Waikato Regional Council is expressing concern about major delays in addressing environmental offending at a nationally significant King Country wetland.
The case first went before the court in 2008 but an enforcement order has only now been granted to remediate the site, meaning the wetland has continued to degrade over the last five years.
The council’s comments come after King Country dairy farmer William Burr was finally convicted and fined just over $73,000 for causing severe damage to the wetland located on one of his farms in 2008. Mr Burr and his wife Pauline, who was convicted but not fined, have also had the enforcement order imposed against them by the court to try and remediate the seriously damaged site. DR Drainage, which carried out the work, was fined more than $21,000 after pleading guilty.
The farm, on State Highway 3 south of Te Kuiti, contains the Arapae Wetland, a nationally and regionally significant wetland.
Before purchasing the property Mr Burr was informed by the regional council and the Department of Conservation of the legal protections in place for the wetland. Despite this advice Mr Burr continued with the farm purchase and immediately engaged a contractor to clear and drain the wetland for the purpose of obtaining more pasture area for his farming business.
The council subsequently investigated the unlawful works and initiated a prosecution under the Resource Management Act (RMA).
“The environment really has been let down by the system in this case,” states council investigation manager Patrick Lynch.
“We have used every tool available to us under the RMA to try to effectively remediate the site and hold Mr Burr accountable. Unfortunately the legal process has taken so long that the chances of effective remediation have decreased dramatically with time.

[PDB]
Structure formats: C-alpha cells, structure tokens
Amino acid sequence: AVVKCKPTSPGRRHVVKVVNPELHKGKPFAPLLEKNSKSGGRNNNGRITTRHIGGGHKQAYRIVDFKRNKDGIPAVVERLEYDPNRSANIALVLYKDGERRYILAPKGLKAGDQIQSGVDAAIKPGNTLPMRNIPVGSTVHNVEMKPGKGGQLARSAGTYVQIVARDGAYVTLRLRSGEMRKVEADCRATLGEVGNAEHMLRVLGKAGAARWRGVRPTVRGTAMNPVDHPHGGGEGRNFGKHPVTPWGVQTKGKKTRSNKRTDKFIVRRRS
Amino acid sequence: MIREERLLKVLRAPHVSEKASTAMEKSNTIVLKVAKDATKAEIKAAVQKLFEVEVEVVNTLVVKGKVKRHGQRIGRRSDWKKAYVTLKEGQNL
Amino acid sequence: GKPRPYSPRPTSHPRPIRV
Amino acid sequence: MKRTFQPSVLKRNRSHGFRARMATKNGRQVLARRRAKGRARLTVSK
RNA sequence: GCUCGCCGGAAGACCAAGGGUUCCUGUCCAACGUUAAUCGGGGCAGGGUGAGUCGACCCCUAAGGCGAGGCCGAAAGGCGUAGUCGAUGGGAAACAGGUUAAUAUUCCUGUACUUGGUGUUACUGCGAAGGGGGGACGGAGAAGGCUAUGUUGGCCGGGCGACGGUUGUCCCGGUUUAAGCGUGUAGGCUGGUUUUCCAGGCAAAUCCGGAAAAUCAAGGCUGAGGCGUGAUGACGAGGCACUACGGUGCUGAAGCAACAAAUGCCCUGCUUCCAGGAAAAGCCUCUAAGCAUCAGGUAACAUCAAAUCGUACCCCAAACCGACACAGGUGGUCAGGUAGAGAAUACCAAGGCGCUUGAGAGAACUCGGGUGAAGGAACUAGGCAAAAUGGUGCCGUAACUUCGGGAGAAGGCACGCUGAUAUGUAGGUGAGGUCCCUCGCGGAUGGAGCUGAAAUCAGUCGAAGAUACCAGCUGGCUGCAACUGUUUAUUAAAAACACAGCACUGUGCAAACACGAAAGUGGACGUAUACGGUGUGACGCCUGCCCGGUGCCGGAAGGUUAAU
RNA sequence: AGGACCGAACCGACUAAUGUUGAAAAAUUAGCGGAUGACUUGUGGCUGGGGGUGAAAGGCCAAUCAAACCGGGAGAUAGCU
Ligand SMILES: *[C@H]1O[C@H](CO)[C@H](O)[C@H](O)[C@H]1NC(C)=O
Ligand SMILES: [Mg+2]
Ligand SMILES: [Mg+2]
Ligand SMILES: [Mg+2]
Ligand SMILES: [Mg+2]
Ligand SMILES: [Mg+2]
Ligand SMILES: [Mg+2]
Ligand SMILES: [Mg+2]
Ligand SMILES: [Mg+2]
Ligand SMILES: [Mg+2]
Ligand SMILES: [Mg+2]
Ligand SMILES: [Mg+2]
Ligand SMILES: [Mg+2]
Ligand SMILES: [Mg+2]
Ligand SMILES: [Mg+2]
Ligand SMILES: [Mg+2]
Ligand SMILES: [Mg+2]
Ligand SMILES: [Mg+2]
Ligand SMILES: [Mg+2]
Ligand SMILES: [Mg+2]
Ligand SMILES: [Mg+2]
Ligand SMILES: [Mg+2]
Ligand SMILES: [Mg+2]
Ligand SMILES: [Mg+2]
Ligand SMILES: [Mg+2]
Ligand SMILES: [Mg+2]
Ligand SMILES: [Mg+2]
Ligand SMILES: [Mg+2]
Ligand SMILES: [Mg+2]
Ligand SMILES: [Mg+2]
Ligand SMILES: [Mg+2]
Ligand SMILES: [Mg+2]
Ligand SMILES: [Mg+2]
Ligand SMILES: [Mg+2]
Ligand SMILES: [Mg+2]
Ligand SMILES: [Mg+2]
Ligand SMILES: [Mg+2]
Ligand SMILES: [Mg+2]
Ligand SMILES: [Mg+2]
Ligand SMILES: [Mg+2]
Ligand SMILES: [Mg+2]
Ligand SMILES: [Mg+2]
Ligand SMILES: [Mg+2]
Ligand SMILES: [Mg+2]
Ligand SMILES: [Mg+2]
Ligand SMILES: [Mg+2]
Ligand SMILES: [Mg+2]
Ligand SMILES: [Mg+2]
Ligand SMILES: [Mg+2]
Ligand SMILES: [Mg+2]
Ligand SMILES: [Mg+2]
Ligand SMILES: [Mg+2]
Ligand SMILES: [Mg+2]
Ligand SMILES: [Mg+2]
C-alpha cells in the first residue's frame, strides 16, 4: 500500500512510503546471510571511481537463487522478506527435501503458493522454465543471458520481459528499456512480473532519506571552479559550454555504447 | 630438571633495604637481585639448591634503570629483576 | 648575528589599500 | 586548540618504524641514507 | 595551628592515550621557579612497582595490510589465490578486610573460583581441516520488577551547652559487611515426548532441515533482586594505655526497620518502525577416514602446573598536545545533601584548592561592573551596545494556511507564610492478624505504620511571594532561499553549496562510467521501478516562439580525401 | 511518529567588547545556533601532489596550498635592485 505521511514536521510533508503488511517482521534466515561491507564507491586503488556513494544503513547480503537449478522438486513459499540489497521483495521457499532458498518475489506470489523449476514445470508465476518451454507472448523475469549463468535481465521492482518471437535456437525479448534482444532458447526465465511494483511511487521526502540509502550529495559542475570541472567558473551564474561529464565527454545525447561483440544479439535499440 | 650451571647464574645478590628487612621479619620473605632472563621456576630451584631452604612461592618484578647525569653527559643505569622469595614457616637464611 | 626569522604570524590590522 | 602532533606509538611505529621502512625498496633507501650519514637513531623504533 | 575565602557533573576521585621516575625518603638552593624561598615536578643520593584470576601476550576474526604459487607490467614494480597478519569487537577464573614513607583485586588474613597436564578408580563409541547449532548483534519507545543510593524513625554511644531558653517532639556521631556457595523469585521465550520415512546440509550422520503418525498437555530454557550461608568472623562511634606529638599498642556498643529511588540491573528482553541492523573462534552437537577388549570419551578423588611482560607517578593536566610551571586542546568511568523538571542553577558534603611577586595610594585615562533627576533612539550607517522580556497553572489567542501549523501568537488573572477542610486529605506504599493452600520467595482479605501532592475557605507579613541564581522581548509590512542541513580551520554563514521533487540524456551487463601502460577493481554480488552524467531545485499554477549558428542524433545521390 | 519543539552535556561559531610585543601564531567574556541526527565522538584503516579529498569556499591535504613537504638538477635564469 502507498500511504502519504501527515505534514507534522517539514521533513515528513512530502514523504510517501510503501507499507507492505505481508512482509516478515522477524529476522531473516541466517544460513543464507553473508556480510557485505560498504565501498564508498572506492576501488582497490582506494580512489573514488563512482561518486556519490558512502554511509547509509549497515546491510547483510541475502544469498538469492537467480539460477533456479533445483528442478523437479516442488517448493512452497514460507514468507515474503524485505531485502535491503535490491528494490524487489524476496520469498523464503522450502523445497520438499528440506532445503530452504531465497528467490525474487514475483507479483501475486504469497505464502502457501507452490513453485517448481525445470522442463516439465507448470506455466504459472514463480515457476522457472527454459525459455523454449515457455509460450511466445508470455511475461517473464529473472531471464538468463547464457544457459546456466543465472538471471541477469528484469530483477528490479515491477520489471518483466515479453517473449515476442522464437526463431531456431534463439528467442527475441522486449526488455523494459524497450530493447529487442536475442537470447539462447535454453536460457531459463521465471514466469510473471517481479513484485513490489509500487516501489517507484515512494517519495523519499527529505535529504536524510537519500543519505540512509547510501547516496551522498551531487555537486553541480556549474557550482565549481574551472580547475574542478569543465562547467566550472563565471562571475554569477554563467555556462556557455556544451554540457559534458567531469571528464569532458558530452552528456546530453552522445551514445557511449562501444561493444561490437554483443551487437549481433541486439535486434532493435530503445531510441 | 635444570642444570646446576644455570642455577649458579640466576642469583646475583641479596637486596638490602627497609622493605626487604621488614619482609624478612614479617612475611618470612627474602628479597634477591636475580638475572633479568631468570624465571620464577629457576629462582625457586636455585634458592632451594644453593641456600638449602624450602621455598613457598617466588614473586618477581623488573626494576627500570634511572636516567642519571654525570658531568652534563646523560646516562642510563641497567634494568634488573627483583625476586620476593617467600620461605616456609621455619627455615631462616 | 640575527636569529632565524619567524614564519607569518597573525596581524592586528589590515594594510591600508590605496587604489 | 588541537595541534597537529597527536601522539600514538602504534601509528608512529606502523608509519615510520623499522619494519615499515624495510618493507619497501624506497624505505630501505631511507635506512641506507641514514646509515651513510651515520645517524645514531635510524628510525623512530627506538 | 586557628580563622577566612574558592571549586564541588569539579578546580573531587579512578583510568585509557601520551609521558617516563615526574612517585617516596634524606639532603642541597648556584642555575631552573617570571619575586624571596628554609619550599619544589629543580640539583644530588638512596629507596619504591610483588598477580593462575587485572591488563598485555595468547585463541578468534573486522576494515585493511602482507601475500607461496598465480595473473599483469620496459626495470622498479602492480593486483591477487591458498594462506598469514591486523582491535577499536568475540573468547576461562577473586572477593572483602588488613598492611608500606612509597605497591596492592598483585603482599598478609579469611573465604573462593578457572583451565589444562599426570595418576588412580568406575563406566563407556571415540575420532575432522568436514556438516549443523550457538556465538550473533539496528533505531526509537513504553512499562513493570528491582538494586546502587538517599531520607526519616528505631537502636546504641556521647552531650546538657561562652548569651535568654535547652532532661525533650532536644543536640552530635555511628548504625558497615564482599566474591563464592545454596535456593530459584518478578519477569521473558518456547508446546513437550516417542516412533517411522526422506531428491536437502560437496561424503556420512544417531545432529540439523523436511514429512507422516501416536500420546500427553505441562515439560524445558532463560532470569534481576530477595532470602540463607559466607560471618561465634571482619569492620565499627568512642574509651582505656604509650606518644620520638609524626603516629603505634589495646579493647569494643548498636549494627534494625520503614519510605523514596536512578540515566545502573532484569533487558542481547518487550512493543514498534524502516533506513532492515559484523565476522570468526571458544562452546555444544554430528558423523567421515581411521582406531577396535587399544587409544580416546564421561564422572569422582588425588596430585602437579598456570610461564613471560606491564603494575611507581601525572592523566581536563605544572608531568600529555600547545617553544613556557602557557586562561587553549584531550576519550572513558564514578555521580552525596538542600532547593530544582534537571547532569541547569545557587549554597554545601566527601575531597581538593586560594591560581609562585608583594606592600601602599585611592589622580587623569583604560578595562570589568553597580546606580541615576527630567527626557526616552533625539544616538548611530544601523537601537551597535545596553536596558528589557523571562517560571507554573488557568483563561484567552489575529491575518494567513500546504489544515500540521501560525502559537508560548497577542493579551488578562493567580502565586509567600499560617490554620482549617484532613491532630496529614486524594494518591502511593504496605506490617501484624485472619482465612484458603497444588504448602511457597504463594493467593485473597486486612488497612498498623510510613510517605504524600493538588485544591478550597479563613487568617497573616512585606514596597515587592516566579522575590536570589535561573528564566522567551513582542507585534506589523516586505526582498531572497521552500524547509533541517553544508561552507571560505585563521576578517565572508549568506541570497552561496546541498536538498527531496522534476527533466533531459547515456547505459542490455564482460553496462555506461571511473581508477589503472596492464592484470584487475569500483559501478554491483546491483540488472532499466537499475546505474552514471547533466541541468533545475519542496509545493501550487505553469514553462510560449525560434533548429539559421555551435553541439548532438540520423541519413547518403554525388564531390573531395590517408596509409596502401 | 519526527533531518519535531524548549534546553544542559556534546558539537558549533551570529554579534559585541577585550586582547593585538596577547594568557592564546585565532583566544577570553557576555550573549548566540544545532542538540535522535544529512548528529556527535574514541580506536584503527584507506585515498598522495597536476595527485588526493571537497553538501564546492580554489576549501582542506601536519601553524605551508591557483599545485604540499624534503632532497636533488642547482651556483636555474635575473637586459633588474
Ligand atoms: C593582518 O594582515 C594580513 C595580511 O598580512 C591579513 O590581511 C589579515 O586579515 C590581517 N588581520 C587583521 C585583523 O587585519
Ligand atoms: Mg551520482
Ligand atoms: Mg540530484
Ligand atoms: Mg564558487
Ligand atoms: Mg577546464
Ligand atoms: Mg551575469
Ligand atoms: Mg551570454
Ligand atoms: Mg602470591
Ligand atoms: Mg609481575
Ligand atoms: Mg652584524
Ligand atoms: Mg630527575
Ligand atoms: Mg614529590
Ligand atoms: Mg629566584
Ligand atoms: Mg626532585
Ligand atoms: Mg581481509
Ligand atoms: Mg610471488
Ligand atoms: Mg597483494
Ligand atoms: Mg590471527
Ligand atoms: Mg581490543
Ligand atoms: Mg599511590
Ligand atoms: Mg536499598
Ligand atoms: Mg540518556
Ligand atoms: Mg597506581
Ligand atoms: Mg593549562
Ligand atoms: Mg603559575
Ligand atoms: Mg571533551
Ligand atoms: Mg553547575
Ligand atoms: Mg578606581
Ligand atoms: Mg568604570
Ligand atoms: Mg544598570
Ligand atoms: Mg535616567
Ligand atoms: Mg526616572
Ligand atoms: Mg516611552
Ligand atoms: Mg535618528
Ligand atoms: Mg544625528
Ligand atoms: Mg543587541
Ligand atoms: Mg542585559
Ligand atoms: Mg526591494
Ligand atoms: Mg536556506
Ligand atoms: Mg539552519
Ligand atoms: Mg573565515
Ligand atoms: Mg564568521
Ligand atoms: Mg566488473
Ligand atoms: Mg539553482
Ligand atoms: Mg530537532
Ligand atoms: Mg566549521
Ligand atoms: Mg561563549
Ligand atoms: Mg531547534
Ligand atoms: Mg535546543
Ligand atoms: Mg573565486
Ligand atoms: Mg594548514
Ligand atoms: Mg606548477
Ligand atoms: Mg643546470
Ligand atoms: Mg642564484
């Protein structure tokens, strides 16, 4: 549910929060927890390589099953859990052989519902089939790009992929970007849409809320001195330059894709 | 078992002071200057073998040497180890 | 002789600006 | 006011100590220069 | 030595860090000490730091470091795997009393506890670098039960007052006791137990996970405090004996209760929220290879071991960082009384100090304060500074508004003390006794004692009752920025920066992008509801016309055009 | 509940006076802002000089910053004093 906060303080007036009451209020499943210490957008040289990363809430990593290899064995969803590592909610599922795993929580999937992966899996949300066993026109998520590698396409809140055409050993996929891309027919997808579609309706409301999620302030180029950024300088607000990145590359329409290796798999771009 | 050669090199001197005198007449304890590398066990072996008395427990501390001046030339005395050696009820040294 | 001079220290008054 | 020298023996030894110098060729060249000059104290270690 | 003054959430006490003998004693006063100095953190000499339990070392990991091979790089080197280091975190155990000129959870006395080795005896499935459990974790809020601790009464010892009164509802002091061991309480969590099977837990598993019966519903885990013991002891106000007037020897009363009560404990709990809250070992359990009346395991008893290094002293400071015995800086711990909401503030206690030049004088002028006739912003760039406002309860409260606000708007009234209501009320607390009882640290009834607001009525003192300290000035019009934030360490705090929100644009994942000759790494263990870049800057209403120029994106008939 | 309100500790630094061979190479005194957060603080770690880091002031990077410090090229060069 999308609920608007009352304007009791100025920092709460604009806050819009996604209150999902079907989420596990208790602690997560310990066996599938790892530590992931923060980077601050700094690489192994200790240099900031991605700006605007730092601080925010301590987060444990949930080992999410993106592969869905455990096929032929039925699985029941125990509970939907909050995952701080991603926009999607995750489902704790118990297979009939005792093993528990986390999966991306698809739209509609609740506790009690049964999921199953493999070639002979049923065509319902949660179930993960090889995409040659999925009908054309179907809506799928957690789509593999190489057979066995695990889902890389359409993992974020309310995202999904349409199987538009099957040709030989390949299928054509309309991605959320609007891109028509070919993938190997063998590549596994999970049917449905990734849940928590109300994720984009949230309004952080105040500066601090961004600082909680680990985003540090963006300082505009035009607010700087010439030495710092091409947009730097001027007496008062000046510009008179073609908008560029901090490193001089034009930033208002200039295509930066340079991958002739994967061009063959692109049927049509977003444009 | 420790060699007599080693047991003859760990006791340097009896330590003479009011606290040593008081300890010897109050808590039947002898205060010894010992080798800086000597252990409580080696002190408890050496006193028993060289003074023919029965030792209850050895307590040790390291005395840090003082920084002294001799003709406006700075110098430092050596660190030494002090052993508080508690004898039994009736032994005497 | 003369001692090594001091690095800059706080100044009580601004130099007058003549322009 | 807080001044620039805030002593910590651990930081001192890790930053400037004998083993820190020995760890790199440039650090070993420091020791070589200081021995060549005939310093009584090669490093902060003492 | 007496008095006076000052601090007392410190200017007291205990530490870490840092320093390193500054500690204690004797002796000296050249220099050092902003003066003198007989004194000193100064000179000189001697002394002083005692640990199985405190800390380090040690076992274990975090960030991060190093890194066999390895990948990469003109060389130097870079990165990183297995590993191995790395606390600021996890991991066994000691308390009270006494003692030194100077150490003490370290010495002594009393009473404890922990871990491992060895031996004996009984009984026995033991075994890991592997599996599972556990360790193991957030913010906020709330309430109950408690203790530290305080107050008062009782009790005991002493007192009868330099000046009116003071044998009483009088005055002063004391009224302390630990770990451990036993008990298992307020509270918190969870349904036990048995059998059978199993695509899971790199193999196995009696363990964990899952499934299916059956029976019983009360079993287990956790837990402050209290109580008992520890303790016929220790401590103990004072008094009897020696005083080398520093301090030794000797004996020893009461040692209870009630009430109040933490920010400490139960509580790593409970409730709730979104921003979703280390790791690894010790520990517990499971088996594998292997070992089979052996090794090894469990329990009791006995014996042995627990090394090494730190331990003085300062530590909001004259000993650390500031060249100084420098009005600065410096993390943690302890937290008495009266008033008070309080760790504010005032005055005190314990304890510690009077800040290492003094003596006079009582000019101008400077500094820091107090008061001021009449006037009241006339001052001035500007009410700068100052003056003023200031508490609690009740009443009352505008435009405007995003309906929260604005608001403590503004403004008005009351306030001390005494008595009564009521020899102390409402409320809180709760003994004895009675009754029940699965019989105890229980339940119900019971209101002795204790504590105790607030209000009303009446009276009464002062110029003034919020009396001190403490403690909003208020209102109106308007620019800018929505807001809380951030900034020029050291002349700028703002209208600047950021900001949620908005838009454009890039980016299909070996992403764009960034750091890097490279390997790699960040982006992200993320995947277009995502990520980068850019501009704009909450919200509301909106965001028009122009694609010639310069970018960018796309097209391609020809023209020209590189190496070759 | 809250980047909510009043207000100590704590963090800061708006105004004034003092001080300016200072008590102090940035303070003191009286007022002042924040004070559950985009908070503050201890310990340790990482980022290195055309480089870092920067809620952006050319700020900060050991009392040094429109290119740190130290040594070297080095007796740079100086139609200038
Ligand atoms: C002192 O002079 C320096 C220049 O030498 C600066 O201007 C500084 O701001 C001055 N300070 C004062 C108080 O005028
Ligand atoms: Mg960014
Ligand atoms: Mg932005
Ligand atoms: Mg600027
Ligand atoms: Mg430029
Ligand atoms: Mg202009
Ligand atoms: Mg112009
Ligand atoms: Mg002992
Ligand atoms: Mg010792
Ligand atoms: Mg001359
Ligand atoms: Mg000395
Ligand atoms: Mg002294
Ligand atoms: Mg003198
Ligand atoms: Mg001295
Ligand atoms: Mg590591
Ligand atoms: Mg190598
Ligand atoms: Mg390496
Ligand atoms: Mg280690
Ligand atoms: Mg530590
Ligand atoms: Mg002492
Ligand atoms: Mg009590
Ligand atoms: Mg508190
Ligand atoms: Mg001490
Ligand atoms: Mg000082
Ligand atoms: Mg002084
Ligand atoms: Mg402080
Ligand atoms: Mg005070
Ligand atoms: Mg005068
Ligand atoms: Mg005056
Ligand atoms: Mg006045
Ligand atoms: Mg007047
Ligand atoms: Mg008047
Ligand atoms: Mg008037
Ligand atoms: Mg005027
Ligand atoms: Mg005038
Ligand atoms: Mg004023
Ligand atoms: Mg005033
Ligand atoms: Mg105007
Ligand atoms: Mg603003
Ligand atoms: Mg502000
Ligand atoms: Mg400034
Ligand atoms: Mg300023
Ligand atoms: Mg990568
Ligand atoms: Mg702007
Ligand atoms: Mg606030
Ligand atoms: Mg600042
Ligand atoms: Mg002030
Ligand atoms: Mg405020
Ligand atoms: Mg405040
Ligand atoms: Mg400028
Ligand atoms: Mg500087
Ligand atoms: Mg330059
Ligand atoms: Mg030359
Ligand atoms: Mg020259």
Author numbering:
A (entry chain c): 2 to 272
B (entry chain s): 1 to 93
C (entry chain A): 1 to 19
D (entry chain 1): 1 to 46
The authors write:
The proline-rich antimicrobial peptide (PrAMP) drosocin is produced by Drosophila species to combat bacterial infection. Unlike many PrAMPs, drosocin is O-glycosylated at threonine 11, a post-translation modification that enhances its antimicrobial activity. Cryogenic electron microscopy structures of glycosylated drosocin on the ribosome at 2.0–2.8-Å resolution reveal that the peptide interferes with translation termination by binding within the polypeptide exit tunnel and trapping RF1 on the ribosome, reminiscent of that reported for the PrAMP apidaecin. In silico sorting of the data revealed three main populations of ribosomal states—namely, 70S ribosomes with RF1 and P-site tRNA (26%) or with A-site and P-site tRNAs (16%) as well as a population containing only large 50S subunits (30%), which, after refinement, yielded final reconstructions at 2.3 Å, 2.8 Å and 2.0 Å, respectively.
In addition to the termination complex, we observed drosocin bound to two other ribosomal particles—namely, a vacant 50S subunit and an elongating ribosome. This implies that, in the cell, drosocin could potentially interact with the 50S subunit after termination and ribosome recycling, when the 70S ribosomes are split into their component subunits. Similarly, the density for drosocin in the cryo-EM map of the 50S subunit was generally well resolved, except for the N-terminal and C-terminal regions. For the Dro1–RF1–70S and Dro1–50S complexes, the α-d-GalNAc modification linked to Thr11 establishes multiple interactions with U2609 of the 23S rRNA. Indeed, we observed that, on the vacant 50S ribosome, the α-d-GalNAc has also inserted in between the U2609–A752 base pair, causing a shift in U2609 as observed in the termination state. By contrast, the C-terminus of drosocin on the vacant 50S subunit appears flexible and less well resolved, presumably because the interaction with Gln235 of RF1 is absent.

“Our expert ecologist assessed the wetland in 2008 and gave advice that the drainage issues needed to be addressed urgently and that further ongoing effects could be halted or reversed if immediate remediation steps were undertaken. However, after her return to the site recently, her view is that the wetland could now be considered seriously degraded.”
Mr Lynch said that “since the council initiated the prosecution in 2008, Mr. Burr has resisted it every step of the way, as he is entitled to do. That resistance coupled with the numerous adjournments and hearings have meant five years of time lost.”
Mr Lynch welcomed the fact that an enforcement order requiring remediation of damage had ultimately been made.
“The order imposes a number of onerous commitments on the Burrs over a long period of time. However, had the order been able to be made much earlier it would have been better for the wetland.
“Even though it has taken some time to achieve, the court order still sends a very clear message to people considering this sort of offending to think twice before ignoring protective environmental regulation.”
The enforcement order prohibits certain work in and around the wetland, and requires other work to be undertaken in and around the wetland to restore as much of the former wetland as possible.
Specific requirements of the enforcement order include:
- complete fencing of the wetland, stream and tributaries
- prevent stock from entering and having access to the wetland
- permanently remove inlet and outlet pipes from the Mangaparo Stream
- commission hydrological and mudfish monitoring
- commission a vegetation and soil survey and map
- after hydrological monitoring is completed implement remediation plan as prepared by independent expert
- reporting to the Council is required every six months
- a bond of $50,000 is also required in the event of a failure by the Burrs to comply with the order
- also enduring obligations are imposed on any personal representatives, successors or assignees-in-title to Mr and Mrs Burr.